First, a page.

MORE NEWS FROM STATES

Can solar power save rural America?, Farm and Dairy
The sun is shining in Pennsylvania and Ohio. At least, solar developers hope so. They’re flocking to the two states, seeking out land leases and pitching projects that would put more renewable energy onto the grid. Solar development is touted as a win all around. It’s not extractive. It’s renewable. It allows farmers and landowners new opportunities to make money from their properties.

Solar panels shine a light on bee habitats, Southernminn.com
September is National Honey Month, and while there’s still concern over struggling bee populations, a Minnesota project has helped establish a new approach to make these pollinators thrive again. Several groups, including Fresh Energy, have played a role in making Minnesota the first state to adopt a regional standard for pollinator-friendly habitats within solar farms.

Solar Dominates Maine’s Largest Renewables Procurement on Record, Greentech Media
Average winning contract rates were 3.5 cents per kilowatt hour, according to reporting from the Portland Press Herald. That price is competitive with incumbent power in the region, Maine PUC Chair Philip Bartlett II told the newspaper. 

Alaska’s pro-oil Republican governor is quietly pushing green energy projectsKTOO
Renewables make an especially compelling case in Alaska, where electricity costs nearly twice the national average. And the Eklutna hydroelectric concept isn’t the only renewable power idea to draw [Governor] Dunleavy’s interest. The governor has also quietly pitched Warren Buffett, the billionaire investor, on Alaska’s wind power potential, with Buffett responding in a letter that he hopes he can “join forces” with Dunleavy. Executives from one of Buffett’s companies, Berkshire Hathaway Energy, have held a series of meetings with the governor and senior administration officials.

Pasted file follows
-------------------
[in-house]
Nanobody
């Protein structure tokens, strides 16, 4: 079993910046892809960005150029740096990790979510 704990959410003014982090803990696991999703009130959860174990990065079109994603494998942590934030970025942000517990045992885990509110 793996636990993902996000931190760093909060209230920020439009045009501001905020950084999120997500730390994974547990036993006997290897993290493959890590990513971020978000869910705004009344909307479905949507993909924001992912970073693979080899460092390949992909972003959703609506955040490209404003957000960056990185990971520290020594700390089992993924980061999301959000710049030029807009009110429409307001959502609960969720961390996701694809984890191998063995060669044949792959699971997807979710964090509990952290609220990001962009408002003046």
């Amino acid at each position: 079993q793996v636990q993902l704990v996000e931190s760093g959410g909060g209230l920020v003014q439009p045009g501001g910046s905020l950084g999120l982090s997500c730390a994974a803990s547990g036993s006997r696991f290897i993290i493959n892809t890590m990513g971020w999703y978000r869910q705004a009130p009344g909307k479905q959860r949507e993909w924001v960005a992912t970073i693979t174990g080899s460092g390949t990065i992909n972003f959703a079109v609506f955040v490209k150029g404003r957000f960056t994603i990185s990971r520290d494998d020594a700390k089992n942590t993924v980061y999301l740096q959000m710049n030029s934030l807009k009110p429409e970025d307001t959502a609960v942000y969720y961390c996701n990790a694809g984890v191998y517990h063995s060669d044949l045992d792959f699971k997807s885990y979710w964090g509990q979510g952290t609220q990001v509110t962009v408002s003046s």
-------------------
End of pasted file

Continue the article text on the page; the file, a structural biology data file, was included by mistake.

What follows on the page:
States That Grew Rich From Fossil-Fuels Need to Figure Out What’s Next, contributed by The Conversation, U.S. News & World Report. These are very challenging times for U.S. fossil fuel-producing states, such as WyomingAlaska and North Dakota. The COVID-19 economic downturn has reduced energy demand, with uncertain prospects for the extent of its recovery. Meanwhilerising concern about climate change and the declining cost of renewable energy are precipitating a sharp decline in demand for coal in particular.

INNOVATIVE TRANSITION STRATEGY: SOLAR-FOR-COAL SWAPS

Electric co-ops lead growing wave of early coal plant retirements with ‘solar-for-coal swaps’, PV Magazine. A new white paper from Energy Innovation, an energy policy firm, suggests that one way to speed up the process may be found in the “solar-for-coal swaps” that a small number of U.S. electric cooperatives have successfully completed. As the name implies, the main idea here is for a utility to swap out power from aging coal plants for solar generation. Private sector financing for the swap allows the coal plants to be bought and then retired ahead of schedule.

UPCOMING WEBINAR

Clean Energy Group
: An Introduction to Virtual Power Plants, September 28, 12 pm to 1 pm 

Recommended Reading: Propelling the transition: The battle for control of virtual power plants is just beginning, Utility Dive